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Palatine bone: want to learn more about it?

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Palatine bone

Palatine bone (Os palatinum)

The palatine bone is a paired bone located between the maxillae and the pterygoid process of the sphenoid bone. It participates in building the three cavities within the skull; the oral cavity, nasal cavity and the orbits. It does so by articulating with five bones; maxilla, sphenoid, ethmoid, inferior nasal concha, and vomer. Moreover, the palatine bone contributes to the skeletal framework of the inferior orbital fissure, pterygopalatine and pterygoid fossae.

The palatine bone is composed of two plates, the horizontal and perpendicular, which are connected and form a characteristic L-shape bone. The bone features three processes; pyramidal, orbital and sphenoidal.

This article will discuss the anatomy and function of the palatine bone.

Key facts about the palatine bone
Parts Horizontal plate, perpendicular plate, pyramidal process, orbital process, sphenoidal process
Landmarks Median posterior nasal spine, greater palatine groove, greater palatine canal, sphenopalatine notch
Function Participates in the formation of the: Nasal cavity
Hard palate
Orbit (floor)
Pterygopalatine fossa
Pterygoid fossa (inferior part)

Horizontal plate

The horizontal plate of palatine bone is located in the transverse plane. It comprises the bony core of the posterior quarter of the hard palate and a part of the floor of the nasal cavity. The plate is quadrangular in shape, having a medial, lateral, anterior, and posterior border. It shows two surfaces, the palatine and nasal, which face the oral and nasal cavities respectively.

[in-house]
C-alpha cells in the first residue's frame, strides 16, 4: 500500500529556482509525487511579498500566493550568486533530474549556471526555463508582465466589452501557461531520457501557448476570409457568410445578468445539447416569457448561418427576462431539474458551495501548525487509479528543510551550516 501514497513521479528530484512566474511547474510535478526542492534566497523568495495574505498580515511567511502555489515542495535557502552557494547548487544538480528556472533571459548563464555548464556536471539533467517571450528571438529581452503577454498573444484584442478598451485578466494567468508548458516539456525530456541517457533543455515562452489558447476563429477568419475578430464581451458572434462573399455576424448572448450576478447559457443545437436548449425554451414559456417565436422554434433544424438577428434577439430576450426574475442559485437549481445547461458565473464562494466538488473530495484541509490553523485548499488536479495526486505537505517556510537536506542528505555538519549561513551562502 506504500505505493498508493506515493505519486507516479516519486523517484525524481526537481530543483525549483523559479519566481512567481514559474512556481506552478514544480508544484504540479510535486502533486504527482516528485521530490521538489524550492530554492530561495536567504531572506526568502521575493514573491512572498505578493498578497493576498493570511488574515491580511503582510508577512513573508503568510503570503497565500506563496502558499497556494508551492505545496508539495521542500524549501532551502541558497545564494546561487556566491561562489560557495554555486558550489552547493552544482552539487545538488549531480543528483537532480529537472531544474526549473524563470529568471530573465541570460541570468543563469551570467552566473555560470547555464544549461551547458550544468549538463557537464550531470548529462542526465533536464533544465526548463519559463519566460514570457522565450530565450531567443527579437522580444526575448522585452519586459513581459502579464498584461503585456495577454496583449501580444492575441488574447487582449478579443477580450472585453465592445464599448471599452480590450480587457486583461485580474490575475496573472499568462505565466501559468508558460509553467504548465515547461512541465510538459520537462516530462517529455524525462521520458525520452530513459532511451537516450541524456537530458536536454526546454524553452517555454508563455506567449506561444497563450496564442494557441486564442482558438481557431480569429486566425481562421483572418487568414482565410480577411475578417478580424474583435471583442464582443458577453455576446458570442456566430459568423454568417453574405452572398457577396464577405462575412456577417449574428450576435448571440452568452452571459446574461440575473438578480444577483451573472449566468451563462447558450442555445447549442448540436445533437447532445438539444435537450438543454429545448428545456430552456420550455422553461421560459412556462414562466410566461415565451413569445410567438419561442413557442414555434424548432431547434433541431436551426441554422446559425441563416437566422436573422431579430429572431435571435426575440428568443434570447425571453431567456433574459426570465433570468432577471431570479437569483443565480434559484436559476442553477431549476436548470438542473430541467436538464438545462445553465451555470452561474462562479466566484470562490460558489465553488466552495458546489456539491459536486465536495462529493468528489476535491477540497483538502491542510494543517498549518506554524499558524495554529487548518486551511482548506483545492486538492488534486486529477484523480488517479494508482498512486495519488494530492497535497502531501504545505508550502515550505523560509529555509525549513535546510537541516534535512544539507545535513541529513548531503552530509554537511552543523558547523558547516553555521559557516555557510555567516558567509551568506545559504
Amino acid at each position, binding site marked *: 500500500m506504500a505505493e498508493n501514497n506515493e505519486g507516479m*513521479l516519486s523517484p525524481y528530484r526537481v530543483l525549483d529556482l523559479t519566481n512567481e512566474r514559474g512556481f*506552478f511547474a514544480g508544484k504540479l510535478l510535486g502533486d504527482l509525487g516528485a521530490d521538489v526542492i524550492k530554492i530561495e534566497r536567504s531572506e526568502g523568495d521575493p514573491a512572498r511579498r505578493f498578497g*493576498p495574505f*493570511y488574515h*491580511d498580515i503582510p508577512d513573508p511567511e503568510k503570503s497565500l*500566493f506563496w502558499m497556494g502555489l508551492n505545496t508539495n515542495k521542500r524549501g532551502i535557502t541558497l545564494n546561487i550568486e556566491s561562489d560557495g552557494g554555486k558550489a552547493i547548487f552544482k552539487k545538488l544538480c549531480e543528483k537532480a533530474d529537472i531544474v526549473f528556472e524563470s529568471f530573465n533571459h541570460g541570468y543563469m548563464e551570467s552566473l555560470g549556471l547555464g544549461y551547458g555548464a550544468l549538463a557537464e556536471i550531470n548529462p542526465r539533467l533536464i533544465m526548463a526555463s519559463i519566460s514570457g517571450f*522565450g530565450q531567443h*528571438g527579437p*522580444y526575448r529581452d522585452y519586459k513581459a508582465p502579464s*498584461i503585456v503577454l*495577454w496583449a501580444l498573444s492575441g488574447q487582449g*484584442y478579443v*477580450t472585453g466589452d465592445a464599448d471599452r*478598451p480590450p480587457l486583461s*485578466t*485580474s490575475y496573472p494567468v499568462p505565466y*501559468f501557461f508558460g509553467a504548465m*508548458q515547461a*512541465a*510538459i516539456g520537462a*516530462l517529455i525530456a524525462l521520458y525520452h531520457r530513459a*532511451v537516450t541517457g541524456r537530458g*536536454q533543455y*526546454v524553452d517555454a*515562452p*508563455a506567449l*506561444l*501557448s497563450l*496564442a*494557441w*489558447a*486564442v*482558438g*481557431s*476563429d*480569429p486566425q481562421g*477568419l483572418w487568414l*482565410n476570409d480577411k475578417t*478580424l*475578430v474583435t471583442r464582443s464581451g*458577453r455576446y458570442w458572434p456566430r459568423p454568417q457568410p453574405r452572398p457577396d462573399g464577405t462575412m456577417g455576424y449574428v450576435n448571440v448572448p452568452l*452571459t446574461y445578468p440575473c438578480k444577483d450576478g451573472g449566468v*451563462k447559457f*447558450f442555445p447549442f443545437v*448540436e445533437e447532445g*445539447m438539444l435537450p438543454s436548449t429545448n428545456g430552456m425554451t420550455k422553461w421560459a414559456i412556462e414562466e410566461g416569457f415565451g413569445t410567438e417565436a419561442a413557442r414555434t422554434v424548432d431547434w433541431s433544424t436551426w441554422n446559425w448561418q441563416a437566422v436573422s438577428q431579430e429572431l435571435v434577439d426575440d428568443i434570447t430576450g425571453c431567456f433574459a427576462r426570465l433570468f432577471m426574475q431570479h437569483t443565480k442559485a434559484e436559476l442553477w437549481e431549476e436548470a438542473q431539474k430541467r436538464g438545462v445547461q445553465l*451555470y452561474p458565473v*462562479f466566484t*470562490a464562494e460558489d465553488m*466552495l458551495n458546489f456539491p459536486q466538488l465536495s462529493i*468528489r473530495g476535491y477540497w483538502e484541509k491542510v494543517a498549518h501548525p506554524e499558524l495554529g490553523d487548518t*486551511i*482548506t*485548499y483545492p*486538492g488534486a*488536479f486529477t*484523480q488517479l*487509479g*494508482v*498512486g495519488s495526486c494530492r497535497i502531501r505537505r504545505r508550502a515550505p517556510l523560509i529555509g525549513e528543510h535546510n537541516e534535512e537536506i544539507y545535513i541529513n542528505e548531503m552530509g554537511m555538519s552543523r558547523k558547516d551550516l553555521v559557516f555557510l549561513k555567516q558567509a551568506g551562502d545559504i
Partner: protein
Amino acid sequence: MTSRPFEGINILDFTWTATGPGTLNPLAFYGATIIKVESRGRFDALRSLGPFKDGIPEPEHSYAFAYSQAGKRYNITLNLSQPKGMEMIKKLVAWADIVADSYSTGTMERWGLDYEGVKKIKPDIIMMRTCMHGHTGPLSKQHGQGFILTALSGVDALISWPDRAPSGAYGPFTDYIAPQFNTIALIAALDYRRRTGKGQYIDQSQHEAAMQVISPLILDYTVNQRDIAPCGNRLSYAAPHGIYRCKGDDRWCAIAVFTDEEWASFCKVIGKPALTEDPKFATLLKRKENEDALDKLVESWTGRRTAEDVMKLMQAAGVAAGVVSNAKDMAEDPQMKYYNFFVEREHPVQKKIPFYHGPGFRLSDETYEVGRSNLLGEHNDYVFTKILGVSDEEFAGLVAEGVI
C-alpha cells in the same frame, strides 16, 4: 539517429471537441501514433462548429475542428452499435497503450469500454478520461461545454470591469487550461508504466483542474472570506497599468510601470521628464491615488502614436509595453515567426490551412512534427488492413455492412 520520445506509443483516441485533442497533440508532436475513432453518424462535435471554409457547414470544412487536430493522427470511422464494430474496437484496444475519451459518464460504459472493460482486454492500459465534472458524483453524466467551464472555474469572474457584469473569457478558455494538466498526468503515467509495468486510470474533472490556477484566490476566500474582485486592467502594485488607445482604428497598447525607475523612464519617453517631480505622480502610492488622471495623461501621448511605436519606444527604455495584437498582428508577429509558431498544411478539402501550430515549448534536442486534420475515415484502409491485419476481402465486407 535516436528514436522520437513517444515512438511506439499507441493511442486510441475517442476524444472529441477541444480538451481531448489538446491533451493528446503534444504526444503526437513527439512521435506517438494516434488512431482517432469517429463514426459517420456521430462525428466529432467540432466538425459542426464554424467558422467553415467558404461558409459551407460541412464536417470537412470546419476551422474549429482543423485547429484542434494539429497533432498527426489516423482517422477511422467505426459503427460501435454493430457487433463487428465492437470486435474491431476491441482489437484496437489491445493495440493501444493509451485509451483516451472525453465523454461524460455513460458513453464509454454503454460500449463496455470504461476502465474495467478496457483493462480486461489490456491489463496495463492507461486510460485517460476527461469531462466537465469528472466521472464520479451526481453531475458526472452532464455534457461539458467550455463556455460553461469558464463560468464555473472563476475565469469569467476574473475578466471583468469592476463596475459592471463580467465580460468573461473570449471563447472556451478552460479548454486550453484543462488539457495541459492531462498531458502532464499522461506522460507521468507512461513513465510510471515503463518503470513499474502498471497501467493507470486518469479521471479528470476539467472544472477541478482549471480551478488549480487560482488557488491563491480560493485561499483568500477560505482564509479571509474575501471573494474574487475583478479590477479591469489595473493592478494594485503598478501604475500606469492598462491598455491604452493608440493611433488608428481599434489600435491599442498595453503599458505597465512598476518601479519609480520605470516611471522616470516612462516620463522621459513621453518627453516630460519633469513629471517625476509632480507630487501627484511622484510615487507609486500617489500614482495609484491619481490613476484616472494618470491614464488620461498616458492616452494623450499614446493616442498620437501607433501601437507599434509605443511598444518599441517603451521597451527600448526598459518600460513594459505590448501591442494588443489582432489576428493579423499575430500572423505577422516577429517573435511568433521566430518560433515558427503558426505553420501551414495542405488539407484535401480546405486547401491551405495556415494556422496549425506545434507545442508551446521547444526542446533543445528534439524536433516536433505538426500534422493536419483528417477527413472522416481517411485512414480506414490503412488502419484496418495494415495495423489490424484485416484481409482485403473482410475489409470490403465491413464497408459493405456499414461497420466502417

• The medial border of the horizontal plate articulates with the horizontal plate of the contralateral palatine bone. From the nasal side, the articulating line between the two plates forms the posterior part of the nasal crest, which articulates with the vomer. 
  • The lateral border of the horizontal plate is continuous with the perpendicular plate. It features the greater palatine foramen through which the greater palatine nerve and vessels pass. 
  • The anterior border articulates with the palatine process of maxilla. Together, the horizontal plate of palatine bone and the maxilla comprise the hard palate. 
  • The posterior border faces the posterior wall of the pharynx. The medial ends of the posterior surfaces of both horizontal plates together form a bony projection in the midline, called the median posterior nasal spine. This spine serves as an attachment site for the uvular muscle.

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Perpendicular plate